Academies and Free Schools

In this section you will find information about Academies and Free schools with links to useful government publications and Frequently Asked Questions (FAQs). Information about how Local Authority (LA) maintained schools can convert to academy status and how groups can apply to open a free school can also be found in this section.

The White Paper Educational Excellence Everywhere was published on the 17 March 2016.

The White Paper sets out the Government's intention that all schools will be expected to become, or be in the process of becoming, academies by 2020, with all converted by 2022.

In May 2016, the Government revised these plans. Whilst it is clear that the aim is still full academisation, the Government has said it would not pursue "blanket conversion". It would however introduce legislation that would provide for academy conversions in situations where:

  • A local authority could no longer support its remaining schools because a critical mass of schools in that area had already converted, or where a local authority had requested the DfE to convert all of its remaining schools.
  • A local authority consistently failed to meet a minimum performance threshold across its schools.

What is an Academy?

Academies are state funded, non-fee-paying schools in England, whose grant is paid by central government rather than by a local authority (LA). They operate in accordance with their funding agreements with the Secretary of State, and are independent of LAs.

An Academy is a school which is run by a special Trust, specifically set up for that purpose. The Trust is a company limited by guarantee which takes control of the land and other assets. Employees at the school cease to be employed by either the LA or, in the case of Voluntary Aided and Foundation schools, by the current Governing Body. Maintained schools, are 'maintained' by LAs and therefore have varying degrees of council involvement.

Although academies, free schools and maintained schools share many similarities, there are some important differences in terms of the rules and legislation they are subject to.

How Different are Academies

They still have to follow the same rules on admissions, special educational needs and disabilities (SEND) exclusions as other state schools.

Academies get money direct from the government, not the local council. They're run by an academy trust which employs the staff.

Some academies have sponsors such as businesses, universities, other schools, faith groups or voluntary groups. Sponsors are responsible for improving the performance of their schools.

Some of the key differences include:

  • They have the ability to set their own pay and conditions for staff
  • There are some freedoms around the delivery of the curriculum. The curriculum requirements for a particular academy can be found in that academy's funding agreement.
  • They can change the lengths of terms and school days
  • Financial responsibilities increase and the LA no longer automatically pays certain bills

Some things stay the same:

  • Collaboration:Academies are expected by Government to ensure that the school is committed to its community, collaborates, shares facilities and expertise with other schools and the wider community. The government expects all high-performing schools applying for academy status to partner a weaker school.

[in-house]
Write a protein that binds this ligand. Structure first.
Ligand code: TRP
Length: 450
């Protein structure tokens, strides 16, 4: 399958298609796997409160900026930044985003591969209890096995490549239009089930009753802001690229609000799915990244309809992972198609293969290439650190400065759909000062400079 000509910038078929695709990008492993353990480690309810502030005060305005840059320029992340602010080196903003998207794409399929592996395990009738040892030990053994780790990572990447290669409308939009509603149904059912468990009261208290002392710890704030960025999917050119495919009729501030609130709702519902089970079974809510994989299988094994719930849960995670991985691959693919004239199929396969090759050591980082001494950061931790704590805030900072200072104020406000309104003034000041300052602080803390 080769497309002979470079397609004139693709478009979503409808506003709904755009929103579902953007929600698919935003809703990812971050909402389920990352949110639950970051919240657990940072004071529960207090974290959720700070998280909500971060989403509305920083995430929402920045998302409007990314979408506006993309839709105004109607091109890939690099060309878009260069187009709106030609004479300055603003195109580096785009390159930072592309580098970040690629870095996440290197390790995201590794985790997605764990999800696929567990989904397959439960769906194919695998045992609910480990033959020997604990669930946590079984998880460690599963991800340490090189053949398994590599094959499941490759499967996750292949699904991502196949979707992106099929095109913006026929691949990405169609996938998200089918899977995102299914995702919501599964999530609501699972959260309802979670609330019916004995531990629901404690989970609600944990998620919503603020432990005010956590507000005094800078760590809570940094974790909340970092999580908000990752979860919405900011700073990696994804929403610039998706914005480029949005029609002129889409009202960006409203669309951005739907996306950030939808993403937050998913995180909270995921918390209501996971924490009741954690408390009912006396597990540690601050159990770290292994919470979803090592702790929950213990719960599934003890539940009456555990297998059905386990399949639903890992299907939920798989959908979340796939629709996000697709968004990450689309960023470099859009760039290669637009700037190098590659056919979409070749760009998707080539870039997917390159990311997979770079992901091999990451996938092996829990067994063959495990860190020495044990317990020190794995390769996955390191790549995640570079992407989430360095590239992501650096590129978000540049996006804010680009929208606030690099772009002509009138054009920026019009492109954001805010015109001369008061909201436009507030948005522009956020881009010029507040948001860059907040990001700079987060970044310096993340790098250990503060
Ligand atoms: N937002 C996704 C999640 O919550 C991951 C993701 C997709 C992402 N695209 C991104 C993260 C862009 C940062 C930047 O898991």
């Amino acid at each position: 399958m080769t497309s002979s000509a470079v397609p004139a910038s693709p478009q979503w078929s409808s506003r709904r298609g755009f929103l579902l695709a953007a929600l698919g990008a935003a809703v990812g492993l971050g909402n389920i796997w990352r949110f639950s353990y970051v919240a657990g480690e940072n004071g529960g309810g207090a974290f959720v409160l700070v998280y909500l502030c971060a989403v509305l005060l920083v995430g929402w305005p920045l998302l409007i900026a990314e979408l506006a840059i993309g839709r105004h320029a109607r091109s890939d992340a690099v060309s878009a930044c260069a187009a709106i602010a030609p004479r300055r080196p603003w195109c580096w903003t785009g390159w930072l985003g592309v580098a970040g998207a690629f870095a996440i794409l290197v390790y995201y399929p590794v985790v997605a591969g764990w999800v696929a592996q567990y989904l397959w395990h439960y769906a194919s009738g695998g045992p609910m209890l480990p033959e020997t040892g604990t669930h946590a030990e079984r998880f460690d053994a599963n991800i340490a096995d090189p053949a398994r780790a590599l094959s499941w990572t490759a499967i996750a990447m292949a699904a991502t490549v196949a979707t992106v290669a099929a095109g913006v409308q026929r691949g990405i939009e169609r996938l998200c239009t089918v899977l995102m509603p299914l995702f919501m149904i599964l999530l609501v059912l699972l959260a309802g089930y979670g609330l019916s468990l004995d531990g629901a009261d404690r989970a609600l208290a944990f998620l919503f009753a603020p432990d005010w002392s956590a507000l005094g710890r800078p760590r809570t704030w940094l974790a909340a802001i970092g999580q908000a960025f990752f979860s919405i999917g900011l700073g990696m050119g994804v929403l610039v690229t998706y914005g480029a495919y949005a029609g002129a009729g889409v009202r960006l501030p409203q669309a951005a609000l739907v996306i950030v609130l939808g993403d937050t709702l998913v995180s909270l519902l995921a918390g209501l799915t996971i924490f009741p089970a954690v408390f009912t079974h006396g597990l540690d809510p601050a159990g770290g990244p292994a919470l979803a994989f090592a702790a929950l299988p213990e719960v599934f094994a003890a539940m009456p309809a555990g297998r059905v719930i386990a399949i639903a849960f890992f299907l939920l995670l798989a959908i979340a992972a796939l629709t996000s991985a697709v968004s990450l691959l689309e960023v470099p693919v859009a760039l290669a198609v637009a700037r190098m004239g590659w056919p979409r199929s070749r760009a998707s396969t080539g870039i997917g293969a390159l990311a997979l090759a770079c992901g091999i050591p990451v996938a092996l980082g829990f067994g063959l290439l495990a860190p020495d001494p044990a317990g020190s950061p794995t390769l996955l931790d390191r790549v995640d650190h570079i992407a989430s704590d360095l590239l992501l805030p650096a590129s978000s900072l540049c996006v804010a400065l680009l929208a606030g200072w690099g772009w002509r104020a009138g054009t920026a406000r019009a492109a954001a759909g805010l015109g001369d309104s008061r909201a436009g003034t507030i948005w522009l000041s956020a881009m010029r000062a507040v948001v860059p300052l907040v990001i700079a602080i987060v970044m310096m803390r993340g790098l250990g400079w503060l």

• Selection:Schools which already select some or all of their pupils will be able to continue to do so if they become academies, but schools becoming academies cannot decide to become newly selective schools.

What are the Different Routes to Become an Academy?

There are three different routes to becoming an academy.

  1. Sponsored Academies (sometimes known as Mark I Academies): these are where (generally underperforming) schools have been closed down and replaced by a new Academy. Many of these changes were linked by the previous government with the "Building Schools for the Future" programme and had extensive rebuilding. As these are statutorily "new schools" some of the rules regarding transfer of assets differ.
  2. Converter Academies: these are schools where governance arrangements change rather than the school closing down. As stated above, the Academy will be operated by the company (Trust), but in other respects converter Academies are similar in governance to former Grant Maintained Schools.
  3. Free Schools:are entirely new state schools. The current government has made a committed to 500 free schools.

How are Academies Held Accountable?

The LA has a limited role in overseeing academies. Instead, their operation is overseen by:

  • The Education Funding Agency (EFA - a Department for Education (DfE) Executive agency);
  • Schools' inspectorate, Ofsted;
  • Regional Schools Commissioners (RSCs) who are DfE appointees who each cover one of eight regions in England. RSCs, can make decisions on behalf of the Secretary of State for Education.

Academies must comply with the current version of the EFA's Academies Financial Handbook.

Charging for Academy Conversion – Voluntary Converters

Charging for Academy Conversion - Voluntary Converters


Useful downloads

Guidance for Governing Bodies: Joining or Creating a Formal Partnership, Federation or Multi-Academy Trust - Published October 2016

Audit Tool for School Leaders - Published October 2016

Related Pages

DfE White Paper: Educational Excellence Everywhere

Federation and Collaboration

School Organisation